In 1979 four cultivars were compared in a split-plot arrangement

with four replications. The cultivars were: two ancient races, Chapalote

and Nal-Tel; a Cuban accession, Maiz Criollo; and a high yielding hybrid

developed in the south-east USA, Coker 77. Growth analysis indicated

that the rate of dry matter production in the vegetative phase (CGRv)

for Chapalote, Coker 77, and Maiz Criollo were not statistically dif-

ferent. The difference of CGRv between Nal-Tel and the other cultivars

was probably the result of its lower LAI.

The similar CGRv of Chapalote, Coker 77, and Maiz Criollo sug-

gested a similar potential for higher yields. However, the CGRv of

Chapalote included a heavy growth of tillers and thus only the CGRv

of the main stalk could be considered potential assimilate for ear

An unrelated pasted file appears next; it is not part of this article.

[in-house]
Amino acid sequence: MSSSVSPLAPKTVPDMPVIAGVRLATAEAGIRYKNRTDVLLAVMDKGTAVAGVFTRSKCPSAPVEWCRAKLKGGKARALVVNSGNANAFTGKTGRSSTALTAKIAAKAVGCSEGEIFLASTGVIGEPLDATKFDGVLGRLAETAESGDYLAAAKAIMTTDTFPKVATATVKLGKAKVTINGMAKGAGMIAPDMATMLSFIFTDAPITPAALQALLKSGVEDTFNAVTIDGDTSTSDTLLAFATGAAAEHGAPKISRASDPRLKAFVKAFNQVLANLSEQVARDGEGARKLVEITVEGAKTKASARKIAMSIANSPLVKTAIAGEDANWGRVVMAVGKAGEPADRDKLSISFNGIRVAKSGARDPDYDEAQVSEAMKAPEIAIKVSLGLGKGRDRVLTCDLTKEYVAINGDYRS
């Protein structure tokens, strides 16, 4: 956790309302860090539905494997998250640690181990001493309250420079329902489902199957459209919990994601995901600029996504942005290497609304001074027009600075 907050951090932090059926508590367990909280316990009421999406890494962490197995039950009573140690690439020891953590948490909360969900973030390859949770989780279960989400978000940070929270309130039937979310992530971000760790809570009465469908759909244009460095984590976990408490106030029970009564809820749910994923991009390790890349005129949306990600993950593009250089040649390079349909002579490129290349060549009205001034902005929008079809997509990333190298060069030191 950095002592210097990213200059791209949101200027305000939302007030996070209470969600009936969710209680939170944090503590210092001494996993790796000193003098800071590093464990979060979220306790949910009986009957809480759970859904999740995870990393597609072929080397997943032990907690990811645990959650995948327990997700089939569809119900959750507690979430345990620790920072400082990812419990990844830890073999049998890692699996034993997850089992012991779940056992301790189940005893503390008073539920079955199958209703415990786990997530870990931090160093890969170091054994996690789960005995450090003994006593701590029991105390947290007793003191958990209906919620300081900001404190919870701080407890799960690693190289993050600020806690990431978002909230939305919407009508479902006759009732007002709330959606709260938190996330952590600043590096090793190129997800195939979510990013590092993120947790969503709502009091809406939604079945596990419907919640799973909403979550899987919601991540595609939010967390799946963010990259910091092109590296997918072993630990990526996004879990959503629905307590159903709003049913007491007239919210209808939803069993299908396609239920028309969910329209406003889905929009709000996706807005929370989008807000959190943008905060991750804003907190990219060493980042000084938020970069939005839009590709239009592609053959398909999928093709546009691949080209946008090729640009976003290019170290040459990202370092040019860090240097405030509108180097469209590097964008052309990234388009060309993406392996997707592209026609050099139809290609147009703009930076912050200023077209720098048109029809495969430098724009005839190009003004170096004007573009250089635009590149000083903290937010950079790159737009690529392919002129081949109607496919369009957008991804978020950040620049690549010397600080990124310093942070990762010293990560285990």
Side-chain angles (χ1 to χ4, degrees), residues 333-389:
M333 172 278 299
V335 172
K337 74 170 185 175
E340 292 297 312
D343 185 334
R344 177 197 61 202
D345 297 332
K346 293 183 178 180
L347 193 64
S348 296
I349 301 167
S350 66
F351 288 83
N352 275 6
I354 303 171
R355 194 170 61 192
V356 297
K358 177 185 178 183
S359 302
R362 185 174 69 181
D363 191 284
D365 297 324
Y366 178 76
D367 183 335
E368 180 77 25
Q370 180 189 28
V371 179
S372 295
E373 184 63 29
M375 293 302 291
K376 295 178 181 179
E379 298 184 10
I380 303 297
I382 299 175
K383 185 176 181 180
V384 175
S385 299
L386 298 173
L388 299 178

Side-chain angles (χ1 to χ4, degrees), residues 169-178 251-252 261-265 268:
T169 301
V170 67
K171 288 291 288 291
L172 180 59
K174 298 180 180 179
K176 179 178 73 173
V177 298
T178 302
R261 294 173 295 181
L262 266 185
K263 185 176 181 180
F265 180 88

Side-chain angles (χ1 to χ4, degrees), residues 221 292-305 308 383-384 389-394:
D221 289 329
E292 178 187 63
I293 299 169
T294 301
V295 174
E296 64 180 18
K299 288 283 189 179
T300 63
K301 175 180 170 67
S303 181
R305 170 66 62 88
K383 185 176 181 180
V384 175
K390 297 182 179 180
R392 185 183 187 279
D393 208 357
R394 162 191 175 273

growth.

The partitioning coefficient (PC), used as an estimate of the

distribution of assimilates for ear growth as opposed to vegetative

growth or storage at the period of kernel number set, was higher in

76








77

Coker 77 than in Chapalote or Maiz Criollo. Nal-Tel had the highest

PC but also the lower photosynthetic rate (lowest CGRv) which was not

enough to set a greater sink capacity, thus its low yield.

Coker 77 maintained a higher LAI and total dry matter accumulation

rate during reproductive growth (CGRr) than the other cultivars. Also,

the hybrid had a greater rate of accumulation of ear weight (EGR) than

Chapalote or Maiz Criollo.

It follows that Coker 77 had a better combination of sink capacity

in terms of kernel number and size than Chapalote or Maiz Criollo.